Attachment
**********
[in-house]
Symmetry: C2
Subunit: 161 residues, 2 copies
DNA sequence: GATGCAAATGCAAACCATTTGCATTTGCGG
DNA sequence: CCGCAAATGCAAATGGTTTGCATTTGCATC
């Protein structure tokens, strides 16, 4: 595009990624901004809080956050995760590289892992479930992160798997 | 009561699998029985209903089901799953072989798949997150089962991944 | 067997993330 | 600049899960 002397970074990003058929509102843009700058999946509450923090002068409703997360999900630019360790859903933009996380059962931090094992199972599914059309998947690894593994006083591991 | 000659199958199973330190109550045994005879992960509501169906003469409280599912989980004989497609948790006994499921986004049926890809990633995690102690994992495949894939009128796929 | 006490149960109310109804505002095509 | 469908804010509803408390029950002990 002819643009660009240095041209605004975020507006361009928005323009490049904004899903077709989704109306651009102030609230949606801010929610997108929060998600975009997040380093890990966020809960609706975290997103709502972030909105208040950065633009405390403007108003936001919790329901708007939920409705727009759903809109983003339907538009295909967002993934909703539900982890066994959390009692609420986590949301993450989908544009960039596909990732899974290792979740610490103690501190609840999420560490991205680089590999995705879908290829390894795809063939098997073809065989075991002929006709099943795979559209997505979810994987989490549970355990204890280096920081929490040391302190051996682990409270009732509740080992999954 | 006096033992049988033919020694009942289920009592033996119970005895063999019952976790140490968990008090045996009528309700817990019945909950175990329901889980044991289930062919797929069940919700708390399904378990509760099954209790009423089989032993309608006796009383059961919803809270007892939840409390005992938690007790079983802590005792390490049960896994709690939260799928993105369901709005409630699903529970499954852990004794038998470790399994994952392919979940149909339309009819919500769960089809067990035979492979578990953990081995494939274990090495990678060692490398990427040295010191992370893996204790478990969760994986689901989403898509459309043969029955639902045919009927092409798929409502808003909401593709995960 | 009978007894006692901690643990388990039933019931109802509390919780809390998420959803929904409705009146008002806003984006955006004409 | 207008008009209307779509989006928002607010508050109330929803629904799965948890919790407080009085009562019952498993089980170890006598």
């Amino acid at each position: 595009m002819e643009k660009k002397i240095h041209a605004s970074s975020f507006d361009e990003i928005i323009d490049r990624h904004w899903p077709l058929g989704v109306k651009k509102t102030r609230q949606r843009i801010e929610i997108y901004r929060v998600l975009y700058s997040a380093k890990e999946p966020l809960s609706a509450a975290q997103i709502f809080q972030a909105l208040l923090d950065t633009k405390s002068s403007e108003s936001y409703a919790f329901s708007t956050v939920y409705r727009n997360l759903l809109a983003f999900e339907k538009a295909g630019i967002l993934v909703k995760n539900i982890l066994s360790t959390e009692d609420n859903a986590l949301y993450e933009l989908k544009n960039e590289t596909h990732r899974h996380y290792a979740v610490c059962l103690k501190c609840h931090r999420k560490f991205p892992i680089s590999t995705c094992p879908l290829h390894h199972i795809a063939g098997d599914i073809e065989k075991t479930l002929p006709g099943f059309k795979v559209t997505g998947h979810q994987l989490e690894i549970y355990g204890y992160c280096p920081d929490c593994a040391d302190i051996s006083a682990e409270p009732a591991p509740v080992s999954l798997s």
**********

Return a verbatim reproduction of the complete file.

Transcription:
[in-house]
Symmetry: C2
Subunit: 161 residues, 2 copies
DNA sequence: GATGCAAATGCAAACCATTTGCATTTGCGG
DNA sequence: CCGCAAATGCAAATGGTTTGCATTTGCATC
């Protein structure tokens, strides 16, 4: 595009990624901004809080956050995760590289892992479930992160798997 | 009561699998029985209903089901799953072989798949997150089962991944 | 067997993330 | 600049899960 002397970074990003058929509102843009700058999946509450923090002068409703997360999900630019360790859903933009996380059962931090094992199972599914059309998947690894593994006083591991 | 000659199958199973330190109550045994005879992960509501169906003469409280599912989980004989497609948790006994499921986004049926890809990633995690102690994992495949894939009128796929 | 006490149960109310109804505002095509 | 469908804010509803408390029950002990 002819643009660009240095041209605004975020507006361009928005323009490049904004899903077709989704109306651009102030609230949606801010929610997108929060998600975009997040380093890990966020809960609706975290997103709502972030909105208040950065633009405390403007108003936001919790329901708007939920409705727009759903809109983003339907538009295909967002993934909703539900982890066994959390009692609420986590949301993450989908544009960039596909990732899974290792979740610490103690501190609840999420560490991205680089590999995705879908290829390894795809063939098997073809065989075991002929006709099943795979559209997505979810994987989490549970355990204890280096920081929490040391302190051996682990409270009732509740080992999954 | 006096033992049988033919020694009942289920009592033996119970005895063999019952976790140490968990008090045996009528309700817990019945909950175990329901889980044991289930062919797929069940919700708390399904378990509760099954209790009423089989032993309608006796009383059961919803809270007892939840409390005992938690007790079983802590005792390490049960896994709690939260799928993105369901709005409630699903529970499954852990004794038998470790399994994952392919979940149909339309009819919500769960089809067990035979492979578990953990081995494939274990090495990678060692490398990427040295010191992370893996204790478990969760994986689901989403898509459309043969029955639902045919009927092409798929409502808003909401593709995960 | 009978007894006692901690643990388990039933019931109802509390919780809390998420959803929904409705009146008002806003984006955006004409 | 207008008009209307779509989006928002607010508050109330929803629904799965948890919790407080009085009562019952498993089980170890006598």
């Amino acid at each position: 595009m002819e643009k660009k002397i240095h041209a605004s970074s975020f507006d361009e990003i928005i323009d490049r990624h904004w899903p077709l058929g989704v109306k651009k509102t102030r609230q949606r843009i801010e929610i997108y901004r929060v998600l975009y700058s997040a380093k890990e999946p966020l809960s609706a509450a975290q997103i709502f809080q972030a909105l208040l923090d950065t633009k405390s002068s403007e108003s936001y409703a919790f329901s708007t956050v939920y409705r727009n997360l759903l809109a983003f999900e339907k538009a295909g630019i967002l993934v909703k995760n539900i982890l066994s360790t959390e009692d609420n859903a986590l949301y993450e933009l989908k544009n960039e590289t596909h990732r899974h996380y290792a979740v610490c059962l103690k501190c609840h931090r999420k560490f991205p892992i680089s590999t995705c094992p879908l290829h390894h199972i795809a063939g098997d599914i073809e065989k075991t479930l002929p006709g099943f059309k795979v559209t997505g998947h979810q994987l989490e690894i549970y355990g204890y992160c280096p920081d929490c593994a040391d302190i051996s006083a682990e409270p009732a591991p509740v080992s999954l798997s």